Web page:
Tuesday, 20 September 2011

WE ARE MOVING!!

Well folks, it's finally here. I am moving to a new site.


Check out my new website:


www.seemarvels.com


See you all there!!

Friday, 26 August 2011

Detangling




Much has happened this summer and unfortunately I haven’t had a chance to update my blog. Actually, who am I kidding, I actually haven’t WANTED to update my blog.

The reason is I have been working on some very big life issues this summer. I had got admitted into grad school and was planning a move to the city of my dreams, yet there felt like something was missing. A couple of months ago my partner actually turned to me and voiced some concerns about my plans. It’s not like he didn’t want me to go to school, but he did ask me why someone who is avidly pro-financial independence would be willing to go into tremendous amount of debt for art school.

And I couldn’t give him an answer.

Isn’t it that way with those who are the closest to us? They can sometimes see big truths in us; truths that we just overlook every day. I decided that since this question vexed me so much, I would give it the attention it deserves and for two months I did nothing but soul searching. I spent my time, planning the move, packing, selling my belongings, and in between: I meditated, talked with friends, and read some amazing books. I got inspired by authors that wrote about living an authentic life, about fear, and learning to be vulnerable and imperfect in a world that pressures us to be conformist. I searched blogs of people who live non-conformist lives like:

Niall Doherty’s “Disrupting the Rabblement”
http://www.ndoherty.com/

Lori Deschene’s “Tiny Buddha”
http://tinybuddha.com/



These guys really made me think about the possibility to create change and do some of the stuff I love without having to go the “conventional route”.

In the end, I finally realized that the main reason I wanted to go to grad school, was because I felt illegitimate as an artist without a degree. For ten years I have been studying and sketching. I have sought out professional artists for their advice, critique, and methods. I have taken night classes to fill in gaps of my education, but I have no art degree…and I finally realized that the one thing that has been keeping me back from submitting my artwork to galleries and selling aggressively online was because I felt like I wasn’t a legitimate artist. In fact, I felt like I wasn’t even an art student….more like a pre-art student, preparing myself for art school.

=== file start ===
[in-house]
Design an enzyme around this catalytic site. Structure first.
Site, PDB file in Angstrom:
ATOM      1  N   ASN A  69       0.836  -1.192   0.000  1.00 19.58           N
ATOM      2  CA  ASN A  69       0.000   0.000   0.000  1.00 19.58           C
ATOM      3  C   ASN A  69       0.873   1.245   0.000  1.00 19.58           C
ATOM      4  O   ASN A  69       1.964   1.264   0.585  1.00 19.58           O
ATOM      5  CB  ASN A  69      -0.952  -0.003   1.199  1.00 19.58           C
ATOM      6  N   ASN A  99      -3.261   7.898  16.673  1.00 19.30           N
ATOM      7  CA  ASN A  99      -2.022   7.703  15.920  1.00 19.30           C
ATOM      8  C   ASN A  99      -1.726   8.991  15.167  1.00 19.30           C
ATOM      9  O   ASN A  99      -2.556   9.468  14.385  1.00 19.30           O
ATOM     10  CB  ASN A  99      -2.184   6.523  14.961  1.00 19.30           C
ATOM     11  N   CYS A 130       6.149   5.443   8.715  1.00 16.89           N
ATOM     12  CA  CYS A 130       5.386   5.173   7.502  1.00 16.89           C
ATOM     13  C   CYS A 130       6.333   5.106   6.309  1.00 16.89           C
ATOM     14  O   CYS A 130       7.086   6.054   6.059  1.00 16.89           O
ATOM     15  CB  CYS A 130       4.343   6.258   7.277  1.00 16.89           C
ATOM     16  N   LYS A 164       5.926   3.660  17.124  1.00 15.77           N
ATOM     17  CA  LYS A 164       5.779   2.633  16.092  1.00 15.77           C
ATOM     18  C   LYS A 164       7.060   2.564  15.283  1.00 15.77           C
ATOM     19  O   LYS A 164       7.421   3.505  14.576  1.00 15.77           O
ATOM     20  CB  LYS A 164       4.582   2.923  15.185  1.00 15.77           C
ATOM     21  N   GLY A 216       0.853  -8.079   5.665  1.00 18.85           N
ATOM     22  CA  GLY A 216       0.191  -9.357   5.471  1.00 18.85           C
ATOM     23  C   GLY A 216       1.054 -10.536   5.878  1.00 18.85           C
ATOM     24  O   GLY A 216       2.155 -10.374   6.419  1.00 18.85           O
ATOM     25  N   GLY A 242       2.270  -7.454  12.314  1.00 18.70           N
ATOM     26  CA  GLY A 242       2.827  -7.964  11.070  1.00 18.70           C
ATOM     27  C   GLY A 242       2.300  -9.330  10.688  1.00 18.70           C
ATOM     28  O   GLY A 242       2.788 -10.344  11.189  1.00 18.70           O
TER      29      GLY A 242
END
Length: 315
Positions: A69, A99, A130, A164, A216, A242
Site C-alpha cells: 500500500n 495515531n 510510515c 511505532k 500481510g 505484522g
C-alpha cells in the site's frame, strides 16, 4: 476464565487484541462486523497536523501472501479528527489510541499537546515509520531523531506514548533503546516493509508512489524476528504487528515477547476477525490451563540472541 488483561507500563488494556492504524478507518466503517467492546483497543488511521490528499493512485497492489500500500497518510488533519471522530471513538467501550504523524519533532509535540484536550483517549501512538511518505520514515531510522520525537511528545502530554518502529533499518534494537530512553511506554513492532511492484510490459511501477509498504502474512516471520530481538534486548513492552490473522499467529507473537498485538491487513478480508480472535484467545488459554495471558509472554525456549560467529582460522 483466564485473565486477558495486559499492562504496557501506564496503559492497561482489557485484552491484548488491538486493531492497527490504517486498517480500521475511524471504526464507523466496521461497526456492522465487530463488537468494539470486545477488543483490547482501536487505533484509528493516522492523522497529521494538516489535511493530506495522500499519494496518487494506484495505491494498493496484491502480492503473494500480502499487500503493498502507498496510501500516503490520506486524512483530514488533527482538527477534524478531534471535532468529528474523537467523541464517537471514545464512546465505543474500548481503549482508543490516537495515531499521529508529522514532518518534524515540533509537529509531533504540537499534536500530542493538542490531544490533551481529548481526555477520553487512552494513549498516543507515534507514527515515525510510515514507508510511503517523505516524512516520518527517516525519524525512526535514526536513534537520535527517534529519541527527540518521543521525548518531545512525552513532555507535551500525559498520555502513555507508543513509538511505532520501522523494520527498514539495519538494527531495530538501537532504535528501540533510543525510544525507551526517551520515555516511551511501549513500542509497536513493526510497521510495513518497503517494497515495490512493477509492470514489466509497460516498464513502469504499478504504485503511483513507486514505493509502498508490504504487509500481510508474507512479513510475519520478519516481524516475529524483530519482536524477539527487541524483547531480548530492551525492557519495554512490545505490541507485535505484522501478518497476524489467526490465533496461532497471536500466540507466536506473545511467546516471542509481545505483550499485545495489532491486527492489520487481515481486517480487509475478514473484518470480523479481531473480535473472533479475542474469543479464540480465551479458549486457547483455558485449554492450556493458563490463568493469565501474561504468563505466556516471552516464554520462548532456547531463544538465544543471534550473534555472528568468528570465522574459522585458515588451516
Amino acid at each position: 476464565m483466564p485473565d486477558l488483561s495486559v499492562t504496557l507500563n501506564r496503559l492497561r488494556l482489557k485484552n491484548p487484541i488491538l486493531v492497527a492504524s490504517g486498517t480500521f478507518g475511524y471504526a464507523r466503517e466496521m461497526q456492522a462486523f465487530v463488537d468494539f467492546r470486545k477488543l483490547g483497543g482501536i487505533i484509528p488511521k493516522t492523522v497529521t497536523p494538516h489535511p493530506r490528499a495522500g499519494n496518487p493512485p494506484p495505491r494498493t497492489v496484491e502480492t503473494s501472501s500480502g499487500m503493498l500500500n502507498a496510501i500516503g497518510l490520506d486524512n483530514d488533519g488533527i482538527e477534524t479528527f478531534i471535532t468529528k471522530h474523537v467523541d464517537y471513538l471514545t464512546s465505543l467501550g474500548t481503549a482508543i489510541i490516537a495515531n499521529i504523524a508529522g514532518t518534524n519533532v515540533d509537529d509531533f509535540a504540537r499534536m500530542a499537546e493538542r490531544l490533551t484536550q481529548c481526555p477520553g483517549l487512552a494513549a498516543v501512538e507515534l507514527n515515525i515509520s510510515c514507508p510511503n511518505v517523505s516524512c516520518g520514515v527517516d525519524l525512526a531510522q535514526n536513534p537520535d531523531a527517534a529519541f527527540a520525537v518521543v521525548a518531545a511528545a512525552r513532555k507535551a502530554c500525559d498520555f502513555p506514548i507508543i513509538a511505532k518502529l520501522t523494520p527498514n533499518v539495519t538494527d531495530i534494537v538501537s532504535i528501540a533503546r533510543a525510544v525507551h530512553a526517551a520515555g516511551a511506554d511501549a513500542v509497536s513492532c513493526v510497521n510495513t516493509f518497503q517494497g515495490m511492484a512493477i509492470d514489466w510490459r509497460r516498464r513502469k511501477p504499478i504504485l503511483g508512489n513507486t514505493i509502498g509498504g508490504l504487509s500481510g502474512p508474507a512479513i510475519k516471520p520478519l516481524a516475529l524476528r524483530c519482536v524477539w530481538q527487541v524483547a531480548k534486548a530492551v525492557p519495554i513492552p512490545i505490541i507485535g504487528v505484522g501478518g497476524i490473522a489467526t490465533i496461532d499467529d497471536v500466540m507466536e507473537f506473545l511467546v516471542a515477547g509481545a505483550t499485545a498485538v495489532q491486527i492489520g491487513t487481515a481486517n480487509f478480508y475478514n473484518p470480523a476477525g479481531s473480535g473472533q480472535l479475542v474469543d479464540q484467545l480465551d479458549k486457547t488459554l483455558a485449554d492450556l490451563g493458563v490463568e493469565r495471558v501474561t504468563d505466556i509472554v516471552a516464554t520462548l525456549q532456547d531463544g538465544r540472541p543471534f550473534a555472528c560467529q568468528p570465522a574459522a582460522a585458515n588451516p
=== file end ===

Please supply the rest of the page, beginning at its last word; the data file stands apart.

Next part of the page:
Not only that, but in the process, I uncovered a deep seated dream of wanting to help affect social change through my writing and art and I really had to sit and seriously had to weigh if spending 3 years and $80,000 was really in line with the things I wanted to do.

The resounding answer I got was no.

Now I’m not saying that I feel all happy and carefree, because honestly, I am scared shitless. I have no idea what I’m going to do now, but like all the other amazing movers and shakers I’ve been researching, I know that is actually a wonderful place to start.

I do have plans, though. I sat down in the last month and wrote up a list of things I would like to do:

Travel: Peru (to visit Machu Picchu), England and southern France (to visit friends), and Japan (to study Japanese calligraphy and visit Shinto temples)

Blog: I want to take my blogging to a more professional level about not have it only about art, but psychology and emotional identity

Move: I still want to move to San Francisco. I really feel like it’s the right move for me and my partner and he thinks so as well

Mentor: There is one professor at the Academy of Art that I would like to take classes with: Henry Yan. I had fallen in love with the way he captures portraits and I really wanted to learn his techniques.

Community: I want to get more involved in art communities and help develop programs to get both artists and non artists together to collaborate and express ideas.

So there you have it, some of the big things that I wanted to do when I got out of school and now that I realized that I don’t need a degree to do any of these things, I’m kind of excited to start tackling them.

The first thing I’m going to do is start a blog based on my personal philosophy of learning to find beauty in anything…and how to overcome obstacles to creativity and self expression. In fact, once I pick a domain, this will also be the first post for that new endeavor.